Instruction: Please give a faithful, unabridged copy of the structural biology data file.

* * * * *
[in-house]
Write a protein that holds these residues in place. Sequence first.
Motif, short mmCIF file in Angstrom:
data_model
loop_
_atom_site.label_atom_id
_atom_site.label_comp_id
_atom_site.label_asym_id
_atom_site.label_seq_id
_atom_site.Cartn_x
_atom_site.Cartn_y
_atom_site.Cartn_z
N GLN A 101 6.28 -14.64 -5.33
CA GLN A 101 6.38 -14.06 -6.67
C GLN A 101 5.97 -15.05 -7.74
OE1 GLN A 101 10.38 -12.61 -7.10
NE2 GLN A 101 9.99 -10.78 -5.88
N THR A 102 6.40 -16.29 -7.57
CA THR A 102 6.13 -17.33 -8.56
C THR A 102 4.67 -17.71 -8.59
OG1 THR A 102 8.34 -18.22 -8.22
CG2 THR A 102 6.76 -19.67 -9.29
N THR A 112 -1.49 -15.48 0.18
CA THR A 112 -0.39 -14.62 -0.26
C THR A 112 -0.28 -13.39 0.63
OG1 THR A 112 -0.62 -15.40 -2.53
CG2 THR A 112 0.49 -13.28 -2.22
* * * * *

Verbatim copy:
[in-house]
Write a protein that holds these residues in place. Sequence first.
Motif, short mmCIF file in Angstrom:
data_model
loop_
_atom_site.label_atom_id
_atom_site.label_comp_id
_atom_site.label_asym_id
_atom_site.label_seq_id
_atom_site.Cartn_x
_atom_site.Cartn_y
_atom_site.Cartn_z
N GLN A 101 6.28 -14.64 -5.33
CA GLN A 101 6.38 -14.06 -6.67
C GLN A 101 5.97 -15.05 -7.74
OE1 GLN A 101 10.38 -12.61 -7.10
NE2 GLN A 101 9.99 -10.78 -5.88
N THR A 102 6.40 -16.29 -7.57
CA THR A 102 6.13 -17.33 -8.56
C THR A 102 4.67 -17.71 -8.59
OG1 THR A 102 8.34 -18.22 -8.22
CG2 THR A 102 6.76 -19.67 -9.29
N THR A 112 -1.49 -15.48 0.18
CA THR A 112 -0.39 -14.62 -0.26
C THR A 112 -0.28 -13.39 0.63
OG1 THR A 112 -0.62 -15.40 -2.53
CG2 THR A 112 0.49 -13.28 -2.22